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99 of the World’s 100 Most Environmentally At Risk Cities Are in Asia

It’s clear that cities everywhere are uniquely threatened by the environment. Not just climate change, but other issues, such as air quality, water pollution and resource restrictions are becoming increasingly significant in mega-cities. 

A recent report by global risk analytics firm Verisk Maplecroft concludes that 99 of the most environmentally threatened cities are in Asia. BRINK spoke to the author of the report, Will Nichols, head of Environment and Climate Risk Research at Verisk Maplecroft. 

NICHOLS: One of the key things that is driving the Asian risk score so high is air quality. While we do have air quality issues in Europe, for example, in London and some of the Eastern European cities, Asia really is far and away ahead of that. 

Air pollution and water pollution, alongside water stress — the availability of water and water demand — are all aggravated by a growing population, and we see quite high population growth rates in many of these Asian countries, which is compounding these risks. 

There are also issues around natural hazards such as flooding or earthquakes or droughts in many Asian cities. So for example, Jakarta, which is the number one city on our index, not only has issues around air quality and water pollution and wood stress. It’s also got real threats from flooding and earthquakes. And all these impacts are all going to be exacerbated as climate change kicks in, as well. 

The Threat to Urban ‘Wealth Generators’

BRINK: Did you rank all these risks equally?

NICHOLS: There are nine risk indices, such as air quality, water quality and so forth, as well as the exposure of the economy and transport infrastructure to natural hazards. In terms of natural hazards, there’s some consideration given to casualties, but we’re mainly looking at economic losses, so it’s geared toward businesses and economic impact.

If these risks are increasing, as we think they are, then they threaten the status of these cities as wealth generators. This has knock-on effects on investment, credit risk and how countries might organize their economies. 

Climate change is often viewed with deadlines — “we’ve got 2030 targets.” etc. But it’s not like these environmental challenges occur with a switch. We’re trying to make people aware that these risks are rolling so they are better prepared to mitigate them. 

Source: Verisk Maplecroft Global Risk Analytics Dataset © Verisk Maplecroft 2021

Why Asia’s Climate Risks Differ from Africa’s

BRINK: A lot of people would imagine that African cities would be somewhere near the top, places like Lagos, for example. Why don’t they feature as much as Asian cities?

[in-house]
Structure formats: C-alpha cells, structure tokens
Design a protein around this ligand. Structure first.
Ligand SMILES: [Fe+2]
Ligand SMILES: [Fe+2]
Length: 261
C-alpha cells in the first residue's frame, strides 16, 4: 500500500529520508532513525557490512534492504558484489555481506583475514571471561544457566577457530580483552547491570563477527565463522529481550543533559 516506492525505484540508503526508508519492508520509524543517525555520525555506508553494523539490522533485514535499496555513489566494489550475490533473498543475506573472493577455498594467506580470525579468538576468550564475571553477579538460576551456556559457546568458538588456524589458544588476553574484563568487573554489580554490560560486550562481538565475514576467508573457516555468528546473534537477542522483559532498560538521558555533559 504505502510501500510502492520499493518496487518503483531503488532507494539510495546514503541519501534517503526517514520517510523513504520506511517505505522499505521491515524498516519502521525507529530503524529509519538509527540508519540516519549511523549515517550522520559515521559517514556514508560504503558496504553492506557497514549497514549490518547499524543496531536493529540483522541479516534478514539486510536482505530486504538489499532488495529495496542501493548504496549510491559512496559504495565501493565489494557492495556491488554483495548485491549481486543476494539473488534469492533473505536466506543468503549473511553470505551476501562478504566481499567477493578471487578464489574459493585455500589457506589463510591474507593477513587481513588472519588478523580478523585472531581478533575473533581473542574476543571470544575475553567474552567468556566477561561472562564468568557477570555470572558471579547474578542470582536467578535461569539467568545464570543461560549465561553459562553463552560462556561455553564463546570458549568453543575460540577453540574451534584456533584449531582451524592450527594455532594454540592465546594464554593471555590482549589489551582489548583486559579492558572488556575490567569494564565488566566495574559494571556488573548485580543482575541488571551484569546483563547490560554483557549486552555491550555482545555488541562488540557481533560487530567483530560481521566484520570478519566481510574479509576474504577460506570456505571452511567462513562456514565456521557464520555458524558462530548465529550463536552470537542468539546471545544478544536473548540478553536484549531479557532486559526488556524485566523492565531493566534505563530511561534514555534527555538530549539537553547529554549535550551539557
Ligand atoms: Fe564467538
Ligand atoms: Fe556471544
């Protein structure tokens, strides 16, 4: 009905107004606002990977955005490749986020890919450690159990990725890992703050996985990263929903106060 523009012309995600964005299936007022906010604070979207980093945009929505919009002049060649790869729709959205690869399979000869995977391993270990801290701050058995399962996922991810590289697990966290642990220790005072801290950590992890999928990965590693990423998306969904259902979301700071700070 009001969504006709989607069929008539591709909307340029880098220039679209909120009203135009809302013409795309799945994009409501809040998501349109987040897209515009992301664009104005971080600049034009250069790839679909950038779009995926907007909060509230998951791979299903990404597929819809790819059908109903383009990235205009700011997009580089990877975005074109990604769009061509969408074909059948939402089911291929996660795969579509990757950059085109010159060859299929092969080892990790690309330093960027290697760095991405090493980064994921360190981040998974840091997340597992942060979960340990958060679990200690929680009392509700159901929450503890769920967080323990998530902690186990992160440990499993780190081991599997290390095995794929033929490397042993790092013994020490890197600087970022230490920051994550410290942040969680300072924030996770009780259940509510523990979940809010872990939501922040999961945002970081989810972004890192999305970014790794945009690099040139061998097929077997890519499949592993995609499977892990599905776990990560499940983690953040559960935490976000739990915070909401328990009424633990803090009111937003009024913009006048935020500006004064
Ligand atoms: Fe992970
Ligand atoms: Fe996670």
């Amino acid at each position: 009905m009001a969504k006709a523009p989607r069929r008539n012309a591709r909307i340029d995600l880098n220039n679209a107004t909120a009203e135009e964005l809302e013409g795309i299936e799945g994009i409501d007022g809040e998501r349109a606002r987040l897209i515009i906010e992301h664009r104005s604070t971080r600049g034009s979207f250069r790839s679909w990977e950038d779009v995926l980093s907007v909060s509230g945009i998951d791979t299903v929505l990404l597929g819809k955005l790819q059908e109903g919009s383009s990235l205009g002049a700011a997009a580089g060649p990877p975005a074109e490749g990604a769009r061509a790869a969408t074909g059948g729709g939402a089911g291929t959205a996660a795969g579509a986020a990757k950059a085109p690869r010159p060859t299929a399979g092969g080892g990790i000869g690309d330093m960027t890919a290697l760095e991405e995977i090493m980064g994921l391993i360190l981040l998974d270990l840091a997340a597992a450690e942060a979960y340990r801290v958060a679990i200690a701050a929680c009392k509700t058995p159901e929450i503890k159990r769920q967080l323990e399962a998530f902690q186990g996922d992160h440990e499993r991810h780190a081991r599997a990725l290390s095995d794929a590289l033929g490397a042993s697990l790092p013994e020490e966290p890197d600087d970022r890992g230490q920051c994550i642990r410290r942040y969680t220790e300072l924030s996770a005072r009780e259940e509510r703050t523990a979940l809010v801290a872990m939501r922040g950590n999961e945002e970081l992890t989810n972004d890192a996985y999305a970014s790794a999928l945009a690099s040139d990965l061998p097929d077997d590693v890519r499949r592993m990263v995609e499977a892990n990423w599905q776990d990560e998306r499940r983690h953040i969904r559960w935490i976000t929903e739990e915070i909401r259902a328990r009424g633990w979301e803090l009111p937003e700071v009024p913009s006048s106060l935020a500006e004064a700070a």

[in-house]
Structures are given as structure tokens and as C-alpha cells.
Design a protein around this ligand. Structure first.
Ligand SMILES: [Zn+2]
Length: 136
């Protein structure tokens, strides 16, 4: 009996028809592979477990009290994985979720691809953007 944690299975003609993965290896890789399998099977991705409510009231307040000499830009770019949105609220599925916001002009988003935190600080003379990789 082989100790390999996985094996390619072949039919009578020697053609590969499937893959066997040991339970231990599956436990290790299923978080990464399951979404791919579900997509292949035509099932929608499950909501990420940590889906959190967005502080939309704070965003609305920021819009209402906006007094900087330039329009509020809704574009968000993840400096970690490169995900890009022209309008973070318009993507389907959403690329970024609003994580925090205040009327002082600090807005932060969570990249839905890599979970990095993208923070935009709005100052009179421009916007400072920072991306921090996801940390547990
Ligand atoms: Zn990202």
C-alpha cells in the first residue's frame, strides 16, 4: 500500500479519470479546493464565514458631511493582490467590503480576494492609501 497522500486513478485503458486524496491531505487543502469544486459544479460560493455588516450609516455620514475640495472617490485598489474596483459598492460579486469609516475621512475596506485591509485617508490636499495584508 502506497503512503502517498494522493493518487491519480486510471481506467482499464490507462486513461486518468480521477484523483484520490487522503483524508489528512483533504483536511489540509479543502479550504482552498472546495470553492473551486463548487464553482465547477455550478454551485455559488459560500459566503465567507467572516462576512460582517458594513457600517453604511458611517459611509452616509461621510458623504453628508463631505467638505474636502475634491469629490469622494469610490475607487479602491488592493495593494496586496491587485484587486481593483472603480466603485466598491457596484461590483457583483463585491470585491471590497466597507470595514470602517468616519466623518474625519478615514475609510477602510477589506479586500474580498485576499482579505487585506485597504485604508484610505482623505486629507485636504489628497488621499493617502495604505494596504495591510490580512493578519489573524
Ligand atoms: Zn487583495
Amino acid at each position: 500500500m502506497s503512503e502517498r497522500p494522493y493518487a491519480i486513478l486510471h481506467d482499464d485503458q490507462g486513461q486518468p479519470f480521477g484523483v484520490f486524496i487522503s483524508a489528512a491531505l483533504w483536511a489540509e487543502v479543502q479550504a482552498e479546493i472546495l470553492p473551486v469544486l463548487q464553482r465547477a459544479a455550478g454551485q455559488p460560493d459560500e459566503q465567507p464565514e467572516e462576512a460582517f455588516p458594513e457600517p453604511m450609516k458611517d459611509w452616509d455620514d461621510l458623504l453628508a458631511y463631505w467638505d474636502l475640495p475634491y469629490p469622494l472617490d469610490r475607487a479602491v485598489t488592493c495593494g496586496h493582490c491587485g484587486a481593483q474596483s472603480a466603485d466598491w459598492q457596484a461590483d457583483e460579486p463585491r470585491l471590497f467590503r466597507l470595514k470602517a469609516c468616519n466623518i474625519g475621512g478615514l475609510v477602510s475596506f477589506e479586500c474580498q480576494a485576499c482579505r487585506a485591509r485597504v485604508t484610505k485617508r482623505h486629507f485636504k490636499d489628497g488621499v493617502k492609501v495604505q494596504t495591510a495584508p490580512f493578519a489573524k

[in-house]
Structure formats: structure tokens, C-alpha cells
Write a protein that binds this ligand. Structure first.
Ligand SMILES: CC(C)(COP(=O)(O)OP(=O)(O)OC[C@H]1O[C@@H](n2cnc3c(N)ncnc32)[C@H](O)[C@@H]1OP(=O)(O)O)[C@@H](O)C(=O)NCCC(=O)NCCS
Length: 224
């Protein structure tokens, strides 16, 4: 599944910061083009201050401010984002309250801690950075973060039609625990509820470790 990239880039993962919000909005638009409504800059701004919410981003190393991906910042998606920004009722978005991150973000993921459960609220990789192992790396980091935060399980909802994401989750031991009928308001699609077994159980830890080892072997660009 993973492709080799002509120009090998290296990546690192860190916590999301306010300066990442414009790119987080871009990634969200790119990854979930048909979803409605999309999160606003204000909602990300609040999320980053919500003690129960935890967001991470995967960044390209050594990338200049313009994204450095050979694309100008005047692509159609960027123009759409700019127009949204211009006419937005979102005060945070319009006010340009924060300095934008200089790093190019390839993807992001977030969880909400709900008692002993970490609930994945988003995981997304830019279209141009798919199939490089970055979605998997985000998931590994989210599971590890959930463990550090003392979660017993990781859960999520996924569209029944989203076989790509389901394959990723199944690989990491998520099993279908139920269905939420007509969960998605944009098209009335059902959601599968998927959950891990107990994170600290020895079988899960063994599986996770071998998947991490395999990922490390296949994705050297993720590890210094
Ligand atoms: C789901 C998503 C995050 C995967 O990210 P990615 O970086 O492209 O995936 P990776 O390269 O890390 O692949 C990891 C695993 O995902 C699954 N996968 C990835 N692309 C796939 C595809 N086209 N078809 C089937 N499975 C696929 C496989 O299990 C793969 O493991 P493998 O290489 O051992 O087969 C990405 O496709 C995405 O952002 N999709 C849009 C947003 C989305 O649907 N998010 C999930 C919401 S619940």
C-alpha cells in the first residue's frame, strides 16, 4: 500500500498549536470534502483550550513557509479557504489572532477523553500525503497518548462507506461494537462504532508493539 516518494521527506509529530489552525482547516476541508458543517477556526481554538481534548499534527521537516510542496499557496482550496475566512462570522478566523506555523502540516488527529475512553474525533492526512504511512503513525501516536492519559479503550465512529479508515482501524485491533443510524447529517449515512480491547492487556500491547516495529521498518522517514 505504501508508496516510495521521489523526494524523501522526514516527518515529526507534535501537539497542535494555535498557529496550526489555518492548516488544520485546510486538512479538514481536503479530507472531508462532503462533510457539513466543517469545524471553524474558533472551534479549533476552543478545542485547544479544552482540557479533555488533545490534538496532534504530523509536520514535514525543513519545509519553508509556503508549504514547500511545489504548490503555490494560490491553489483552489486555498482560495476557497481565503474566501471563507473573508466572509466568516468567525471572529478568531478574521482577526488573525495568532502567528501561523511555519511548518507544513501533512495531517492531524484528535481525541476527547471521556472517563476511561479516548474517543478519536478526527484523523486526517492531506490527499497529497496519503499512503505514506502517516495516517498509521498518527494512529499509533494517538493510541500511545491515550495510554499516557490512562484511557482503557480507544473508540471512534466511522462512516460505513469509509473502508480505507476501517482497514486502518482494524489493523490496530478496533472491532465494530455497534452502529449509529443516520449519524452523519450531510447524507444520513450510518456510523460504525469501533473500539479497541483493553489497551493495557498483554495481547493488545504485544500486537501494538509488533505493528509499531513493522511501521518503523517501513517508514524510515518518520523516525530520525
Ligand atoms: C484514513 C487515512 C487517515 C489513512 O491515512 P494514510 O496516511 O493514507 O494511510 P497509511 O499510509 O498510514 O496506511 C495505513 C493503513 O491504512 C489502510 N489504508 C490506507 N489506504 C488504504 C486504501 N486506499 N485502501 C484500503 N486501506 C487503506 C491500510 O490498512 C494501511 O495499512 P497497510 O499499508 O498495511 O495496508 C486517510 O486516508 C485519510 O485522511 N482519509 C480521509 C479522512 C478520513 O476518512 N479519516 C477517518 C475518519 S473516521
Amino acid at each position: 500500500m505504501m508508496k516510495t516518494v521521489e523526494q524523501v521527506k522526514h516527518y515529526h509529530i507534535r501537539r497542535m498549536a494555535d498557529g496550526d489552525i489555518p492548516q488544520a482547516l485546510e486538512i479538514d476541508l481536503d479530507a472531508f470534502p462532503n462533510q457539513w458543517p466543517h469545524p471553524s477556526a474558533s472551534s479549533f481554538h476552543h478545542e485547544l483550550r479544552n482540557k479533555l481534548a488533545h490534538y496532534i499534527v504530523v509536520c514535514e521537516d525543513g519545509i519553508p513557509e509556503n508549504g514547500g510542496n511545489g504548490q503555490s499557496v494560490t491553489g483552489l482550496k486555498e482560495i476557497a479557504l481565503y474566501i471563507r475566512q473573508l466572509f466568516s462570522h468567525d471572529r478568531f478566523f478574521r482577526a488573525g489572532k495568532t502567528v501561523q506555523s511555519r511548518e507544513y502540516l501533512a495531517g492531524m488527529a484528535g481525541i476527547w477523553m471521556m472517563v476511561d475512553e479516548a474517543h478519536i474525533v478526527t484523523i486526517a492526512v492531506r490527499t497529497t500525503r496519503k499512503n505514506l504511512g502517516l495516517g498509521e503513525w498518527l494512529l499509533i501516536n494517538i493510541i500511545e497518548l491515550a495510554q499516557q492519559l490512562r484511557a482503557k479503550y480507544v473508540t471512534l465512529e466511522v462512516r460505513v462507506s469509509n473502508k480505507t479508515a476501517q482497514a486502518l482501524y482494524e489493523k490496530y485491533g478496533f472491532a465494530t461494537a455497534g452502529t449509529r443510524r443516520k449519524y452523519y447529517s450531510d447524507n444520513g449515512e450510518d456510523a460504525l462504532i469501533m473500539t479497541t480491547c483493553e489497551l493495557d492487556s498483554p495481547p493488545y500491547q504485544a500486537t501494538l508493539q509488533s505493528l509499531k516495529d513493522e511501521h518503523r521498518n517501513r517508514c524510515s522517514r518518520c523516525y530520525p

NICHOLS: Natural hazard risks are comparatively lower in sub-Saharan Africa. So, there aren’t the threats of storms or earthquakes or volcanoes to the same extent that there are in Asia or South America. 

Where African cities really do spike, is in terms of climate change vulnerability. That’s partly a result of the climate extremes these countries are facing, but it also is a factor around how well these countries are able to mitigate the impacts of climate change and adapt.

So, even though the climate extremes and the physical risks they’re facing might not be quite as severe as some parts of Asia, because African countries are poorer, they are less able to cope in terms of the strength of their institutions, and the funding needed to finance mitigation measures. 

Population growth is also going to exacerbate these risks for cities, as you see migration from more risky cities to less risky cities taking place, which will put greater pressure on those cities that were previously seen as less risky. 

What Does This Mean for Business?

BRINK: If you’re a company that has a presence in some of these cities, how do you process these findings? 

NICHOLS: We recognize that it’s not always possible to pick up your operations, or your supply chain from one at-risk city, and move it to a less risky city. You need to be near the market. You need to be near a labor force. Whatever it is, there’s certainly other factors that will go into decision-making, here. 

Nowadays, it’s difficult to find a company that hasn’t got some kind of climate change policy. However, all these environmental factors need to be a part of any long-term decision-making. especially if you’re investing in infrastructure, like an airport or railway line that’s going to be around in 20, 30 years. Otherwise, you risk the asset being potentially stranded or not useful. 

In poorer countries, governments may lack the capacity to deal with these risks, whether that’s levies or building sea walls, etc., so the burden on mitigating climate change impacts and adapting may fall on businesses. 

There are also going to be increasing limits around carbon — we’ve seen the enormous Chinese emissions trading market going ahead — and these have tended to happen first at a city level before they roll up to a national level. So, it really falls on companies to factor these potential threats into their investments at a city level before they move ahead.

Will Nichols

Head of Climate and Environment Research at Verisk Maplecroft @WillNicholsRisk

Will Nichols heads up Verisk Maplecroft’s global environmental and climate change research team. He generates data-driven insights to help financial and corporate clients identify and address ESG and climate risks impacting their operations, investments and supply chains.

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